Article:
Hi Dan, I had a Bradley some years ago and the quality of the smoke is somewhat comparable to that of a pellet unit. As I said in my earlier post, compressed sawdust does not create the wood flavor that permeates the meat— no matter what pellet you use. I recently bought a Lang reverse flow, and on my first cook the difference was spectacular. My nephew went to the trouble of adding a full size wood burning firebox to his pellet stove as an experiment. He piped the smoke from the firebox into the pellet unit while making some ribs and the results were obvious. The next day he was out looking for a new smoker. Wood burners are a lot of work compared to a pellet unit, as you say, so I understand your reluctance. Many like vertical units that burn charcoal with wood chunks. These units are much easier to manage than a stick burner and give good results. All I can say is that the first time you make BBQ in your backyard with a wood unit, you will know you made the right choice. There are many good BBQ forums that discuss these points. Good Queing to you.
Before buying, please note that pellet smokers need access to electricity to run the digital controller, the auger that transports the pellets to the firebox, and the convection fan that circulates the air in the cooking chamber. These cookers can use a lot of pellets at high temps. At high temps there is little or no smoke, and at low temps smoke is unavoidable. So if you want to cook, say, a chicken breast low and slow to retain juices, but you don't want any smoke flavor, you're outta luck. If you want to torch a thin burger to get a crunchy crust and add a little smokiness, you'll get great smoke flavor, but it is hard to get the crust. But if you want killer ribs, bacon, smoked salmon, etc., pellet burners are hard to beat for convenience and quality.
And #3, good bbq or grilled meats should taste great without a ton seasonings or sauce. Beef especially can be excellent with simple salt! Make sure your seasonings enhance flavor. Another great read, the late (and much grieved at our house) Paul Prudhomme’s ‘Louisiana Kitchen’ again available on Amazon used for a couple of bucks and a masterpiece! Paul was a master of seasoning. Don’t kill it with seasonings and sauce, enhance the foods flavors. Barks on meat are great if they are right. However burnt, sugar and many other seasonings detract from the meats natural flavor. I personally love a meat you can eat without a sauce and then sauce if you want some added flavors going on!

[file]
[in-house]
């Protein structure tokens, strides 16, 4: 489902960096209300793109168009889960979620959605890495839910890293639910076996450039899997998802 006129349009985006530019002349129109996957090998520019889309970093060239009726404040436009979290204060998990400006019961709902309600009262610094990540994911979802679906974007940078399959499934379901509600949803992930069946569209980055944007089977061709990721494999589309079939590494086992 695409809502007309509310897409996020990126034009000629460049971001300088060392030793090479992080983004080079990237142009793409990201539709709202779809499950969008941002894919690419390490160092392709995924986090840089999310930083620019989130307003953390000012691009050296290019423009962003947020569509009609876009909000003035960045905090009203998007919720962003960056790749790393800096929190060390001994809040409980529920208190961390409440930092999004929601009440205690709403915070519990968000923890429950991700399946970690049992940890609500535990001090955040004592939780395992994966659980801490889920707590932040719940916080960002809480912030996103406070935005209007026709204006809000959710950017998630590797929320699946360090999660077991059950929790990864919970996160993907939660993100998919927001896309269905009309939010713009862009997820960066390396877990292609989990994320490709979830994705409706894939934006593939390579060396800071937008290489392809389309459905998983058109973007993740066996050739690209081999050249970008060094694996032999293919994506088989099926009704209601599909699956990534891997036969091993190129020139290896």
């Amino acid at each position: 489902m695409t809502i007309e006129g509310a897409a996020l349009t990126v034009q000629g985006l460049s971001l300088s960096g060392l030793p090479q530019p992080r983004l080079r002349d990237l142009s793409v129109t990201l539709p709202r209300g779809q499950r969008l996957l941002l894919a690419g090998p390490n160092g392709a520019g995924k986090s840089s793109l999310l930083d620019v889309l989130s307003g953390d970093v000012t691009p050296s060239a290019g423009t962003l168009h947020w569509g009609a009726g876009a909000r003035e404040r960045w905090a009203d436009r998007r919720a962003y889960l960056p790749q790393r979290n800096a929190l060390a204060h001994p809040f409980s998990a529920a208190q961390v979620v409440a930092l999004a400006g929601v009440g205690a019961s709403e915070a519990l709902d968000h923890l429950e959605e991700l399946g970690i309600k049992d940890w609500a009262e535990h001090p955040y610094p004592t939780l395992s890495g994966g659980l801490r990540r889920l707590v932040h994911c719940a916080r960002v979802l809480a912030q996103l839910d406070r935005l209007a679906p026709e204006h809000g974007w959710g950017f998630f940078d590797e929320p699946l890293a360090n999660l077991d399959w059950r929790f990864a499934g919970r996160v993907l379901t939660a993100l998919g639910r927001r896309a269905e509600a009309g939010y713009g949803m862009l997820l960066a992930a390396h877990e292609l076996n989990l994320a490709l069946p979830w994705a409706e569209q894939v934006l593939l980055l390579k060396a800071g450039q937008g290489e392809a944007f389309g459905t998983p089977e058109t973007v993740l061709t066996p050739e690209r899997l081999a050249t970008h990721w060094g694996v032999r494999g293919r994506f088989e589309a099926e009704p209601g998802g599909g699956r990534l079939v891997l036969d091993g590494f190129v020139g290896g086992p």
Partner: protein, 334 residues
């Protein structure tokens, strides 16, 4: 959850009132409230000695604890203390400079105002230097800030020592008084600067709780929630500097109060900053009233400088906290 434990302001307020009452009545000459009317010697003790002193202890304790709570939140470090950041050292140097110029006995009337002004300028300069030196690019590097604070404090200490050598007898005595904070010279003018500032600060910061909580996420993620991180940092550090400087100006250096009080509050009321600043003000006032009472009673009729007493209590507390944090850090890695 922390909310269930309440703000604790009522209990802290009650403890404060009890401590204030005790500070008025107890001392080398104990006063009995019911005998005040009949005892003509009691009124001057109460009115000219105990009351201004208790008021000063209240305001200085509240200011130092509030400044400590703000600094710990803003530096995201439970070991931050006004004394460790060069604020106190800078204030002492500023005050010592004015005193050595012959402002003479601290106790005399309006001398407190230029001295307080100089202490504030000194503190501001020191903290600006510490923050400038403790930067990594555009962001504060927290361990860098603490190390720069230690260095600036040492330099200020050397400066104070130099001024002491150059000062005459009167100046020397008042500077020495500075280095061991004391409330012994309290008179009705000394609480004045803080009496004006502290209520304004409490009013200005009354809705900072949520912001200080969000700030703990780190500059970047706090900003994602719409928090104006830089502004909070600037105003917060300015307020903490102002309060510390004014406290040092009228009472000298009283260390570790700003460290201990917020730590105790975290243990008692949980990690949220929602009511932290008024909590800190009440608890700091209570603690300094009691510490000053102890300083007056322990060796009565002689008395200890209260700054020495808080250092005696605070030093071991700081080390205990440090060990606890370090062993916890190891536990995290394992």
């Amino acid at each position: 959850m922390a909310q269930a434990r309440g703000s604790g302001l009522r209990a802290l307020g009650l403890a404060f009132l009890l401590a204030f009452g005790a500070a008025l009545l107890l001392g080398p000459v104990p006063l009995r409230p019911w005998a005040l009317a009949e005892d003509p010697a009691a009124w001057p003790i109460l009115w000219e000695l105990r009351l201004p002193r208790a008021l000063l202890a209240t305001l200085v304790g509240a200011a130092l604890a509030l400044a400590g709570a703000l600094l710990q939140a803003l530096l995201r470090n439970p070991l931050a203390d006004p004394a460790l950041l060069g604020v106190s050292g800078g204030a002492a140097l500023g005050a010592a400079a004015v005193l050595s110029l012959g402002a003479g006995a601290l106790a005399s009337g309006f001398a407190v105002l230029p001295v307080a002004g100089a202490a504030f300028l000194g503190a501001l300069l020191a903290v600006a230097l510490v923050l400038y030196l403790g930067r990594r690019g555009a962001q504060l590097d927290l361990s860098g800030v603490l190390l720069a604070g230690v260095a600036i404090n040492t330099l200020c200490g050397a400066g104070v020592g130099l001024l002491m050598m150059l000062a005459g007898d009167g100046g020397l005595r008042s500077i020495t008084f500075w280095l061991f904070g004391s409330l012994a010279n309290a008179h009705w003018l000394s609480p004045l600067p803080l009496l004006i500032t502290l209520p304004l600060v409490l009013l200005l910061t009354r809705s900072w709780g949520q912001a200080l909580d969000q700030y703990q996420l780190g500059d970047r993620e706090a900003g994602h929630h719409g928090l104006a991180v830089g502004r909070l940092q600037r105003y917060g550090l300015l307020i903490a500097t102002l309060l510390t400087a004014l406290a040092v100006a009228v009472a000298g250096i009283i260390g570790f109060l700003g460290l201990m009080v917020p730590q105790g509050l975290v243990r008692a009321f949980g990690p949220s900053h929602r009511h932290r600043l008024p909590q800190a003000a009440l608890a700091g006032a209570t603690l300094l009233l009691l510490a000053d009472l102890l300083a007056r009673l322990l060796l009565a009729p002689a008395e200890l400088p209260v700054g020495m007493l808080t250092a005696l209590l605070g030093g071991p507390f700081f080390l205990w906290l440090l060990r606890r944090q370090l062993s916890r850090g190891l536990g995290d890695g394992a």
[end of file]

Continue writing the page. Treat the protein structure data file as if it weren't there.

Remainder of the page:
You want even grilling: One of the downsides of using a charcoal grill is ensuring that the entire grilling area is evenly heated. Spreading the charcoal evenly and avoiding hot spots is difficult. Traeger’s pellet grilling system overcomes this problem with a fan that evenly distributes the heat throughout the grilling area, much like a wood-fired oven would have.

After owning this grill for six months I can honestly say I don't regret my purchase. I was waiting for low temp weather to really test this grill and i must be honest i was very surprised. I grilled 400 degrees with the outside temp at 38 degrees and the grill came up to temp within 20 minutes. Last night I started a brisket in 31 degree weather cooking at 225. No problem at all, and I haven't use a thermal jacket. We have done every thing from low and slow to baking and just have been amazed at outcome. Got a couple of more tests that i want to do, but six months, it's great. Stop thinking about it, stop worrying about the price, and prepare to make some great wood fire food.
Take your outdoor cooking to the next level with the Camp Chef Pellet Grill and Smoker. Designed with the home griller in mind, built-in features simplify the process of smoking. The included digital temperature readout takes the guesswork out of the cooking process. An advanced digital temperature chip gives a more steady smoke and temperature, eliminating large temperature swings and giving a more consistent cooking temperature. The Pellet Grill and Smoker features range from innovative digital smoker controls to dual temperature sensors. Discover the real secret of award winning BBQ cooks, low and slow smoking.